Alan Dix - research topics - randomness

Normal SQL databases do not give any support for random sampling, so we have to resort to 'tricks' to get a sample. There are two main ways. In each we use some field from the data, often computed, that is deemed to be 'random'. We then either:

- sort by the field and use the SQL 'LIMIT' option to select the desired number of records
SELECT * FROM data ORDER BY the_field LIMIT 100;

- filter on values of the field:
SELECT * FROM data WHERE MOD(the_field,1000) < 10;

If the database has 10,000 entries then (b) will obtain approximately 100 records, whereas (a) will get exactly 100 records. However, if we look at the time to compute, (b) is a lot quicker as it is simply a filter and is O(N) (~10,000 record accesses in this example). In contrast (a) is normally O(NlogN) as the database has to be sorted before the sample (of size n) is extracted (~300,000 record accesses). A very clever sort implementation may be able to extract the top n in O(Nlogn) (~90,000), but this would still take longer than (b). This is one reason for suggesting some latitude in the number in the sample! The accuracy of a calculation on a subset of the data may not be very dependent on the sample size anyway [Piatetsky-Shapiro 1984].

Only if the sort field has been indexed, either (a) or (b) be able to obtain the sample in O(n) time.

The field to use for selection varies on the data.

One special choice is the appearance order in the database, in which case (a) and (b) both reduce to:

SELECT * FROM data LIMIT 100;

That is choose the first n. Clearly this is only acceptable if the original order in which the fields were added is in some way random relative to the attributes of interest.

As already noted some fields may be a natural candidate, such as the middle letters of a street name or digits of a telephone number.

Alternatively a random field may be created using the SQL '`RAND()`

' function. However, this has to be done with care. For example, the following does not work as expected in some databases (e.g. MySQL).

SELECT *, ra AS RAND() FROM data ORDER BY ra LIMIT 100;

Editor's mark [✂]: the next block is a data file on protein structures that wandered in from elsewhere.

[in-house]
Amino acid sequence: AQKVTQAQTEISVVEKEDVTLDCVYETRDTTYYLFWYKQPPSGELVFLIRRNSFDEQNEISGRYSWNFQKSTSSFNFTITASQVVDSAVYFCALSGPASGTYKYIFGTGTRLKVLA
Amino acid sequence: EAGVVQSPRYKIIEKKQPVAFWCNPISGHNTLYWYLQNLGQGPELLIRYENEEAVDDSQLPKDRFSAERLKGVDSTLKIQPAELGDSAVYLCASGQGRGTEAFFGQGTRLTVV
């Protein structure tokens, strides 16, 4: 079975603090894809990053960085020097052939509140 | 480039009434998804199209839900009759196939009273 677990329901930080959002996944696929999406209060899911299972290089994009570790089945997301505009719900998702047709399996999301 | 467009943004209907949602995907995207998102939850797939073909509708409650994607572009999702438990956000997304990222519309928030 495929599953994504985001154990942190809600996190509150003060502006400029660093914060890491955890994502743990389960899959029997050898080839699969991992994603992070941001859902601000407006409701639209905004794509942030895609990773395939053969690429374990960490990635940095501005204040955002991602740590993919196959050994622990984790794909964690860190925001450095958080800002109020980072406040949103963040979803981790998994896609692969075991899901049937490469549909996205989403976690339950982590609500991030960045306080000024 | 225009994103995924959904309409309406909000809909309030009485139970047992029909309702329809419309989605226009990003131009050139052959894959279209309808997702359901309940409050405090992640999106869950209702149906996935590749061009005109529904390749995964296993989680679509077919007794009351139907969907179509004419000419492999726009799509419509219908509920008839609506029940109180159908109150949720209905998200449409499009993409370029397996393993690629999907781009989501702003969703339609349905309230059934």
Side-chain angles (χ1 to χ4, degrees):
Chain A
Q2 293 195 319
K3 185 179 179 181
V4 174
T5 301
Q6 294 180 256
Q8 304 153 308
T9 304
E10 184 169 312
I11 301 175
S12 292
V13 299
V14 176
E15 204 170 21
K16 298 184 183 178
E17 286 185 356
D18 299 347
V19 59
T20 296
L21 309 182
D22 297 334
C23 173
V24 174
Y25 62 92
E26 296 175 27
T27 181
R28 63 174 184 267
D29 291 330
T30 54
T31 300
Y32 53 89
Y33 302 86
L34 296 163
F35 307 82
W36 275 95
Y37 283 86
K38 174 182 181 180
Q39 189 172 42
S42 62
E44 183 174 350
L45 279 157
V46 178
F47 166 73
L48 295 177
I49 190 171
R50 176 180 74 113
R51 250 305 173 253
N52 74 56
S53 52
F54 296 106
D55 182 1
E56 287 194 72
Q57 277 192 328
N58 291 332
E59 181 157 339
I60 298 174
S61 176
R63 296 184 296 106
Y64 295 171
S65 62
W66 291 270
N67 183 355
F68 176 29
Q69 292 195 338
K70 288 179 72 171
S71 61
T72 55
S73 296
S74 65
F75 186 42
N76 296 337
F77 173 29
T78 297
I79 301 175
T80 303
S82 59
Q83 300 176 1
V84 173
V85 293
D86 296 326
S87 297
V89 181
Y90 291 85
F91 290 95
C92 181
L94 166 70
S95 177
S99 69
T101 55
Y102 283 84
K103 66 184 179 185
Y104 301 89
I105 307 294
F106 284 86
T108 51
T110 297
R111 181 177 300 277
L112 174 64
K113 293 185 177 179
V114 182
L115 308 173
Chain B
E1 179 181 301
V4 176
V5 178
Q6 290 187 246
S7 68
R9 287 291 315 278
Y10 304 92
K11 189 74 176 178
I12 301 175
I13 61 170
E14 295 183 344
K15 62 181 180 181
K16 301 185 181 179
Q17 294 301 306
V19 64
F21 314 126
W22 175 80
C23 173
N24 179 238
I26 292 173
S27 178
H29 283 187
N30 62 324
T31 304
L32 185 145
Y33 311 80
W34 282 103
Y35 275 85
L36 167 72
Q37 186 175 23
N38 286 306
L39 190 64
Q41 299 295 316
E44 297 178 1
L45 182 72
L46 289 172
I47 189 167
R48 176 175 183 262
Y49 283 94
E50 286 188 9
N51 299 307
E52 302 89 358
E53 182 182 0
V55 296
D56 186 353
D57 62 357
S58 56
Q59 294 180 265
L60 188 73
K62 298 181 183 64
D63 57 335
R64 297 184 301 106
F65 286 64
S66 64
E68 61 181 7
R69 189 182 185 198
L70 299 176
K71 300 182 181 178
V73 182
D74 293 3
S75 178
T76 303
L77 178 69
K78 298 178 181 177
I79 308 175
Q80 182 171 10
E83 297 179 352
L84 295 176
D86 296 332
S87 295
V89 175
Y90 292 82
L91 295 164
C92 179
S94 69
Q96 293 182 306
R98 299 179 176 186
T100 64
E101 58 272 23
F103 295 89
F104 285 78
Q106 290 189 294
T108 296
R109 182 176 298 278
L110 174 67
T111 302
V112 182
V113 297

Either the query optimiser notices that the expression '`RAND()`

' appears to be constant and so optimises it away! Or the expression is recalculated every time the record is read. At best this will simply mean that the sort is random as desired but the value of '`ra`

' returned in the query is arbitrary and not related to the value used in the sort. However, at worst the changing value of the sort field could make the database sort misbehave and possibly not terminate at all!

A safer alternative is to build a separate table consisting of the original database key and a calculated random value.

INSERT INTO data_rnd ( key, ra ) SELECT key, ra AS RAND() FROM data;

Selections can then use this table joined to the original data table. This has the advantage that records for filtering or sorting are drawn from this table which is still O(N) large, but consists of smaller records. For very large datasets this table could itself be a sample of the data set from which you sub-sample. This table in turn should be indexed on the random field '`ra`

' to enable O(n) sampling.

The use of a special field, whether generated or pre-existing means that we can be sure that samples overlap, so a sample of 200 will always includes the sample of 100. If we want independent samples we need to work harder. In case (b) we can use non-overlapping ranges:

SELECT *, m AS MOD(the_field,1000) FROM data WHERE 10 <= m and m < 20;

Or overlap the ranges by just the right amount to have the correct statistical properties.

Another way is to hash the field used for selection with a fixed key, for example:

SELECT *, FROM data WHERE MOD(MOD(the_field*key,large_prime),1000) < 10;

Different choices of key and large_prime give independent sample sets, each with the required overlap properties.

The problem with doing this is that the nature of a hashing destroys any value in indexing `the_field`

, meaning we are back to O(N) or O(NlogN) sampling. However, an index table could be created for multiple sample families.

Sampling only those records satisfying a query requires some care. Case (a) is easy and the relevant `WHERE`

clause is just added. Case (b) is more difficult. For example, if there are 10,000 records, and we believe the query would return 20% of these, but we want a sample of 100, then the select statement should be:

SELECT * FROM data WHERE query AND MOD(the_field,1000) < 50;

The figure of 50 out of 1000 (5%) is chosen so that 5% of the 20% that match the query gives us 1% of the database, 100 records.

Weighted sampling based on attribute values is more complex still

SELECT * FROM data WHERE MOD(the_field,1000) < weight*lim;

The fixed value `lim`

needs to be chosen to get the right number of samples. Depending on how much is known a priori about the distribution of the attribute a smaller sub-sample may need to be selected first to determine the right size. In the case of the Astral Visualiser or other forms of 'zoom', the data collected for the overview can act as this sub-sample.